In the last 10 years, Spire created an accessible, ready-to-use constellation of Earth-observing satellites in space. With over 100 Low Earth Multi-Use Receiver (LEMUR) satellites in orbit, Spire’s Earth observing coverage is near real-time and extends globally.  

For industries that spent two decades building a global profile online, Spire’s LEMUR constellation future-proofs and taps into a much greater total addressable market.  

Sensor technology, satellite research and development, rocket launches, orbital paths – the barriers to entry into space may seem astronomical. They’re not.  

It is built

A dashboard showing every grain shipment out of Ukraine today? We built it and it updates in near real-time.

Spire’s ShipView tool dashboard showing ships around Ukraine

Spire’s ShipView tool tracks all ships, and is filterable by ship and cargo type, country flag, and creates a downloadable dataset directly in the dashboard

Spire’s growing offerings tap into our unique technology differentiator. LEMUR satellites operate in the radio spectrum, deploying dark ship detection tools to identify vessels engaged in signal jamming and spoofing to disguise their origin, destination, or location.

Spire's dark ship detection showing ship spoofing its location over the Atlantic Ocean

Spire’s dark ship detection tools tracking a ship crossing the Atlantic (blue) while the ship spoofs its location (orange) to appear off the coast of Africa


Spire's dark ship detection showing ship spoofing its location over the Atlantic Ocean with satellite image of ship's actual location

Confirming the accuracy of our dark ship tracking with satellite imagery


Defense, security, and insurance are the main markets for radio frequency intelligence. Known in many industries by names such as electronic warfare, situational awareness, signal intelligence, radio frequency intelligence will become more vital, as geopolitical stressors mount.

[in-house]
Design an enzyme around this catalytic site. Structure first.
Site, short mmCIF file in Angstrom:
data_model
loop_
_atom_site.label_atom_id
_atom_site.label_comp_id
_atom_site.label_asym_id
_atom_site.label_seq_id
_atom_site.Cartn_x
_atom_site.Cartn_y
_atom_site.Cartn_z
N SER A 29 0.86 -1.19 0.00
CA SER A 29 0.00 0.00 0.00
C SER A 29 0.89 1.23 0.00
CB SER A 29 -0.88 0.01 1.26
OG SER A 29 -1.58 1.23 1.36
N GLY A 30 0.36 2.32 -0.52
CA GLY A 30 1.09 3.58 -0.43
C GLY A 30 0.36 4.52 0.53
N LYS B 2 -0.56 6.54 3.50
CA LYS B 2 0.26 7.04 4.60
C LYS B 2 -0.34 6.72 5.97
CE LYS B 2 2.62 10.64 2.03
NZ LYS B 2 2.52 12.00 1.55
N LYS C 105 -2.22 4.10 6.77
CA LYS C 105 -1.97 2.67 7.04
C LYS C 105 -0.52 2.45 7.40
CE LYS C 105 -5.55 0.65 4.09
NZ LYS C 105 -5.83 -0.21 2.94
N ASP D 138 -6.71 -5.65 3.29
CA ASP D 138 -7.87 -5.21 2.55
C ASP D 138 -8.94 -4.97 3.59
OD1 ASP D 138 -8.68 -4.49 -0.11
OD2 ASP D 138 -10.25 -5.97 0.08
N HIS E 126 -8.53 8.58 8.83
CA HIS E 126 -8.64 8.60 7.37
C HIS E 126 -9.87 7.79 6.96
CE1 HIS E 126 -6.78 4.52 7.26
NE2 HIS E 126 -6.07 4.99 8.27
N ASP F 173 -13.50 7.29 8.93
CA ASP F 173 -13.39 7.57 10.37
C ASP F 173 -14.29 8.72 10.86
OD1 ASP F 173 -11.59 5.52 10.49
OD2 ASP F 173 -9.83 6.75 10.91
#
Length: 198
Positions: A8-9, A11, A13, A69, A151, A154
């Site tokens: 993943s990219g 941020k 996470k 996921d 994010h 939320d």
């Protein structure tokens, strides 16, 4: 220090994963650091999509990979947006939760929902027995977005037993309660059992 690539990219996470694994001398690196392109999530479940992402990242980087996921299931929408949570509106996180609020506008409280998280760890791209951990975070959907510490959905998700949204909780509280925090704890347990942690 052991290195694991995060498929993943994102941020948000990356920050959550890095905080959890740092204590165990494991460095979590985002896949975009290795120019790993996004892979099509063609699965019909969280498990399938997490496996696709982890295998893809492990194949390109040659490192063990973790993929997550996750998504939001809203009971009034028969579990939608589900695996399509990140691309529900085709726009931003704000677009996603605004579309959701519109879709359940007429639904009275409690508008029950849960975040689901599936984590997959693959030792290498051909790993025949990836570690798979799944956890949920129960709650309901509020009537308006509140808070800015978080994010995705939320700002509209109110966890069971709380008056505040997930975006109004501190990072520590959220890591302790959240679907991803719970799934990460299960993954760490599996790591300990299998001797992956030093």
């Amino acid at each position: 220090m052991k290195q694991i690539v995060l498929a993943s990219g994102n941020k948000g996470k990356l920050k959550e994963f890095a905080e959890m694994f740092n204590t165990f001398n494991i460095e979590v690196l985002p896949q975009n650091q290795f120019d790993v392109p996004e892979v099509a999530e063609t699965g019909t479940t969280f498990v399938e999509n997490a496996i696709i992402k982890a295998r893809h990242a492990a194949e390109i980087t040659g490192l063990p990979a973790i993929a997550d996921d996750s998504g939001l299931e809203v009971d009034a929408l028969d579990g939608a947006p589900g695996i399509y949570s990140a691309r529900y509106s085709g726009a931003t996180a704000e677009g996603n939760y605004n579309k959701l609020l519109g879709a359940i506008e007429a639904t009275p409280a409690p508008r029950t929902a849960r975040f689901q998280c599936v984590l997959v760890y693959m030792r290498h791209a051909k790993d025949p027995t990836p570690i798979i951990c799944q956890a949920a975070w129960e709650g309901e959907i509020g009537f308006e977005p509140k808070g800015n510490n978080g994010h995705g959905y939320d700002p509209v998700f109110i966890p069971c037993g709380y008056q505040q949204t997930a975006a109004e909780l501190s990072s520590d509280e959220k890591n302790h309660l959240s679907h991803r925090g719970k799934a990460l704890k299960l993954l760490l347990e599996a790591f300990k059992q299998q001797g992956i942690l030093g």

Tracking cargo shipments around a typhoon in the Pacific? It is built, and Spire’s dashboard exports data in a single click.

Spire’s ShipView tool dashboard showing avoiding Typhoon Mawar

Ships avoiding typhoon Mawar in May. All ships show against Spire Weather’s wave height dataset

DeepSea monitors Spire’s weather data in its own AI-powered voyage optimization platform that projects approximately $11 billion annual global savings in fuel costs. DeepSea estimates a reduction of 57 million tons of carbon emissions – equivalent to removing 12.6 million gas-powered cars from the road for a year, according to the EPA.

Spire’s Maritime data also provides by-the-second port event information. During the recent strike at Seattle Port in June, Spire’s data was able to show an average increase in time spent in port by cargo ships.

Seattle port monthly event duration, in seconds:

Chart showing monthly event duration in seconds for Seattle port from January to June shows activity peaks in June

Source: Spire Maritime 2.0